What will happen after you?
You don't understand me! When I come to rule as the leader of the partisan's the whole country has supported me. This will never happen again.
(Tito's reply to the USA minister of external affairs W. Averell Harriman)
'Not because I think that his successors were better but the Titos' Yugoslavia was just a respiration/breathe. A short hibernation for the massacres, an illusion supported by the western credits, Russian arms and home-made ideological fabrications.'
From the article 'How do you know Tito'
In his works Mehmet is interested in analyzing the history and making interventions in the way it is presented in the official history books and schoolbooks, constantly being aware of the state apparatus that is behind the creation of the official history.
For the trip through the Balkans, he was talking with local people about these issues, until he found old books in Prizren about the Second World War and the Partizan?s involvement between 1943-45. The books illustrate the resistance of the latter Socialists against the Nazis. This book was also used as a schoolbook in the Yugoslavian education.
Respiration/ breathe in Turkish language is a notion with double meaning: it's first meaning is breath/ breathing but it is also the word used for the break in the elementary school. In his work Mehmet creates complex connections in his attempt of understanding the Yugoslavian era through the schoolbooks he found. He refers to the quote of seeing the peace and the prosperity of the state as excess in the continual struggle before and after Tito's era. In his work, he creates a historical event by connecting the quotes from Tito and the images of the propaganda schoolbooks with the very personal verse of the lyrics by Lord Byron.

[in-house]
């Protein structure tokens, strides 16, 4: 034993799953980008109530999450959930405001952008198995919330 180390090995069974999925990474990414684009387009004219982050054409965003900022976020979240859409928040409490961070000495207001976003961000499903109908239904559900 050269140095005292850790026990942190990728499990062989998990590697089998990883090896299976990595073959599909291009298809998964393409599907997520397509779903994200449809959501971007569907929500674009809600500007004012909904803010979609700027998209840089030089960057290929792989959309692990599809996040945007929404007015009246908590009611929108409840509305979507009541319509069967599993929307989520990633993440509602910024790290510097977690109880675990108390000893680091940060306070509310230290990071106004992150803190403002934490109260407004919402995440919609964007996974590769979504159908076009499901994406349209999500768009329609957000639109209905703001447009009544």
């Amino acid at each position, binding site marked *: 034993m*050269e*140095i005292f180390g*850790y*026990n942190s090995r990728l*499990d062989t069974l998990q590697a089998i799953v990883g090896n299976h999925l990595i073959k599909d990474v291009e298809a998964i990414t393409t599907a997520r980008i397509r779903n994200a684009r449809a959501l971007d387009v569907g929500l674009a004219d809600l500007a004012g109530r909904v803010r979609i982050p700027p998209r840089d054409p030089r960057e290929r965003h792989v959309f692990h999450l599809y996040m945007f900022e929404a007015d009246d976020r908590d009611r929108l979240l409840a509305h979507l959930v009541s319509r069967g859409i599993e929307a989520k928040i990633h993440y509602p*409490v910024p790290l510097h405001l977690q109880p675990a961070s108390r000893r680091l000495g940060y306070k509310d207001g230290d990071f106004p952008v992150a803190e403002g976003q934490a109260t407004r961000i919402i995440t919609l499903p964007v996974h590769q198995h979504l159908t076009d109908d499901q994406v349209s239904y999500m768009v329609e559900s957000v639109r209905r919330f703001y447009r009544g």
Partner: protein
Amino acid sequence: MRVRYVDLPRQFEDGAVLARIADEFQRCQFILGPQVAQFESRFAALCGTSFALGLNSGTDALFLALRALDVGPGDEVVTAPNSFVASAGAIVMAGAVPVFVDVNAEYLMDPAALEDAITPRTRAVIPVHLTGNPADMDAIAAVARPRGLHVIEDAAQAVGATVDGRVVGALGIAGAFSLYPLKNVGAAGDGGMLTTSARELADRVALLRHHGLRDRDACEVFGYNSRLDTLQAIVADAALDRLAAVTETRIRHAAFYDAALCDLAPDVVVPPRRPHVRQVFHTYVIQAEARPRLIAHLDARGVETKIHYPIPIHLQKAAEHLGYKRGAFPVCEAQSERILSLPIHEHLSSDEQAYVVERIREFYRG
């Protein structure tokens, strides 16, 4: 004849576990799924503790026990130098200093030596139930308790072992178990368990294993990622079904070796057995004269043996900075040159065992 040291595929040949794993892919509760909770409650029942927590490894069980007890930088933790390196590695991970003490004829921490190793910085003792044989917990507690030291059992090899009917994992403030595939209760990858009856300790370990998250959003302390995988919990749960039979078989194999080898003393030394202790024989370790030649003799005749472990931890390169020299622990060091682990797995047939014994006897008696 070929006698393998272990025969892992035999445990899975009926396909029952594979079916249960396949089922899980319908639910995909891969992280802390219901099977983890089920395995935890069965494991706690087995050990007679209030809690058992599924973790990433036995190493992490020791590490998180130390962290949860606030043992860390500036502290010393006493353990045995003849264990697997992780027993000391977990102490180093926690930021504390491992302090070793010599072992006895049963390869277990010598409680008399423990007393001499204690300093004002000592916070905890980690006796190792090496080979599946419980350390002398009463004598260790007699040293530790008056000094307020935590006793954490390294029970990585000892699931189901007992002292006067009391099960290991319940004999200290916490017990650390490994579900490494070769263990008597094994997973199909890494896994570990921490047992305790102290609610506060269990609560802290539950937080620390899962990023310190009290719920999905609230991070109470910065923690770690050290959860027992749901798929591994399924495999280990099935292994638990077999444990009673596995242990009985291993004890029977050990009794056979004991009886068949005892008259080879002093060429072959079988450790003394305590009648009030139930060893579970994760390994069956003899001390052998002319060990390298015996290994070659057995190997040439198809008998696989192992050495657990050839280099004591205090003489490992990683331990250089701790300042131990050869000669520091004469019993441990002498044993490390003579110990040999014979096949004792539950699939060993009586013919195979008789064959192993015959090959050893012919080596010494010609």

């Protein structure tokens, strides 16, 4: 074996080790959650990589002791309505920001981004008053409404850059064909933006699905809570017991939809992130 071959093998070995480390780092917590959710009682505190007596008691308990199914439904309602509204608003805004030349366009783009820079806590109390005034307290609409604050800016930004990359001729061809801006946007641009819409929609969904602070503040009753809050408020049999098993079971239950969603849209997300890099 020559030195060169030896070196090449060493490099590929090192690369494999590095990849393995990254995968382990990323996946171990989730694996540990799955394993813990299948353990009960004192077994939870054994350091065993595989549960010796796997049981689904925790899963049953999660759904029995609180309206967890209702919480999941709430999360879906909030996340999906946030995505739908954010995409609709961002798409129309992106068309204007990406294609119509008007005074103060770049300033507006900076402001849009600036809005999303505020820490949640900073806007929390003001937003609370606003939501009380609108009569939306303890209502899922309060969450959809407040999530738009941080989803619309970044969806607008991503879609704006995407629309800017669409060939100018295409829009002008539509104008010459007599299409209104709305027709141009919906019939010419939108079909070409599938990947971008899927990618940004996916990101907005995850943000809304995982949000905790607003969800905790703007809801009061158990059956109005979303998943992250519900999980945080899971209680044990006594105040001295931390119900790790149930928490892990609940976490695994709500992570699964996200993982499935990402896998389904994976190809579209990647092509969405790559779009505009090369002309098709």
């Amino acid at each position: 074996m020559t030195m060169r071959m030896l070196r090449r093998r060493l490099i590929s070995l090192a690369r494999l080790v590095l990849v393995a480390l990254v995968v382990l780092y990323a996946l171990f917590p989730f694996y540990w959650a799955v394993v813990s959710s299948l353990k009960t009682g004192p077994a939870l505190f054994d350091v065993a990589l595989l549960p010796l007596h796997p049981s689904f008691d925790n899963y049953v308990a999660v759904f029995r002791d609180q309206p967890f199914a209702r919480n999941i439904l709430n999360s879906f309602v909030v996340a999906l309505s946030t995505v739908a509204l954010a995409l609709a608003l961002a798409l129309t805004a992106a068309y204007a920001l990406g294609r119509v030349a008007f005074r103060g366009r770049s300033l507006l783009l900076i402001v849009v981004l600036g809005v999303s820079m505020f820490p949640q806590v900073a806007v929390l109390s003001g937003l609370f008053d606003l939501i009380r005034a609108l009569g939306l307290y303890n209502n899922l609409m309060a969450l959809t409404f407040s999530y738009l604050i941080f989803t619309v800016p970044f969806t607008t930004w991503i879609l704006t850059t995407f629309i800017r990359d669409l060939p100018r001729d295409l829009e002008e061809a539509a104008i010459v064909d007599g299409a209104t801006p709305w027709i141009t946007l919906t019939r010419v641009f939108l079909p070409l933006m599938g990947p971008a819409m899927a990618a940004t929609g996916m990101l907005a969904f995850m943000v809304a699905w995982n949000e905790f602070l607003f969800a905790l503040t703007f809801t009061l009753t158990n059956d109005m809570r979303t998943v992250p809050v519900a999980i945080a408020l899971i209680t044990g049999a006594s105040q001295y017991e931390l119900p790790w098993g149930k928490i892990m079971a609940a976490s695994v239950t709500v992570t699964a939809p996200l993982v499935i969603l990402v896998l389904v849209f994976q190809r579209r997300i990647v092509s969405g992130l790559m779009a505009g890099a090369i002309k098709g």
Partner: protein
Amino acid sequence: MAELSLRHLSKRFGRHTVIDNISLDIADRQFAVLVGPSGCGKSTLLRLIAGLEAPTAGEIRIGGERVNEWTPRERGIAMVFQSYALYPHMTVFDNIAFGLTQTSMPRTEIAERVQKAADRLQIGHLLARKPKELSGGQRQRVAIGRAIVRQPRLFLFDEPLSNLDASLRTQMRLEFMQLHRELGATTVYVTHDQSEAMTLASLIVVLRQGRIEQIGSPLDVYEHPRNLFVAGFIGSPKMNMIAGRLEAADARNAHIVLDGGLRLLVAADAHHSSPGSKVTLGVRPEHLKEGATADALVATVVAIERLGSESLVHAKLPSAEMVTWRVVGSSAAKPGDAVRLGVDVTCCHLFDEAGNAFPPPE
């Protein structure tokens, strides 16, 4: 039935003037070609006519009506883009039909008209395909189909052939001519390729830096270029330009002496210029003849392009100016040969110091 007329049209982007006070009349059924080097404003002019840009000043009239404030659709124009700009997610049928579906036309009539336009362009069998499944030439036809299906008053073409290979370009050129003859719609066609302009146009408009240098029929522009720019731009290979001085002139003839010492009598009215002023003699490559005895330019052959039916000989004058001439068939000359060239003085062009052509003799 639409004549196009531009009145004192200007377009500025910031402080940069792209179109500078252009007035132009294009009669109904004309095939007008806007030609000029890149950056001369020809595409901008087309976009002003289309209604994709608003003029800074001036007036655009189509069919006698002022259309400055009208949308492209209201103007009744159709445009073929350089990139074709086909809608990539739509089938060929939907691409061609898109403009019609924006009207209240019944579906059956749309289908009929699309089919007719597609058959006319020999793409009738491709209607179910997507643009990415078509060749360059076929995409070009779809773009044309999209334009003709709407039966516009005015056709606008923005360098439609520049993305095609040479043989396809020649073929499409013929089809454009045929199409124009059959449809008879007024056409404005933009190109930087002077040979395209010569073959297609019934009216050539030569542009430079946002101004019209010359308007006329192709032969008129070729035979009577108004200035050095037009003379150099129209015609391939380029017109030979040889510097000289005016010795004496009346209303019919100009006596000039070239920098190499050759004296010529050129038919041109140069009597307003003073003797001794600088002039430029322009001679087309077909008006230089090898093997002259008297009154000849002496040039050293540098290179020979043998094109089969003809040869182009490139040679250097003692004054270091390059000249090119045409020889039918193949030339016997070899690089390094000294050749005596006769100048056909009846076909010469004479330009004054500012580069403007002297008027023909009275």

These four books about the most important battles for the Partizans -Desanti Ne Dervar, Neretva, Kozara and Sutjeska- made him aware of the fear and terror that lies within the official history. He documents the pages that he has selected from these childrens? books and juxtaposes them with the last verse of Lord Byron's poem 'When we two parted': with silence and tears.
Byron symbolizes the lonely and lyric hero surrounding the Partizan spirit. The conflicts and the bourgeois-patriot attitude in the works of Byron emanates from the contradictions of his sympathy towards the public masses, his hatred towards the feudal bigotry, his anarchist/individualist attitude and his profound pessimism. He connects the children books with this notion and with the element of a romanticized revolutionary time.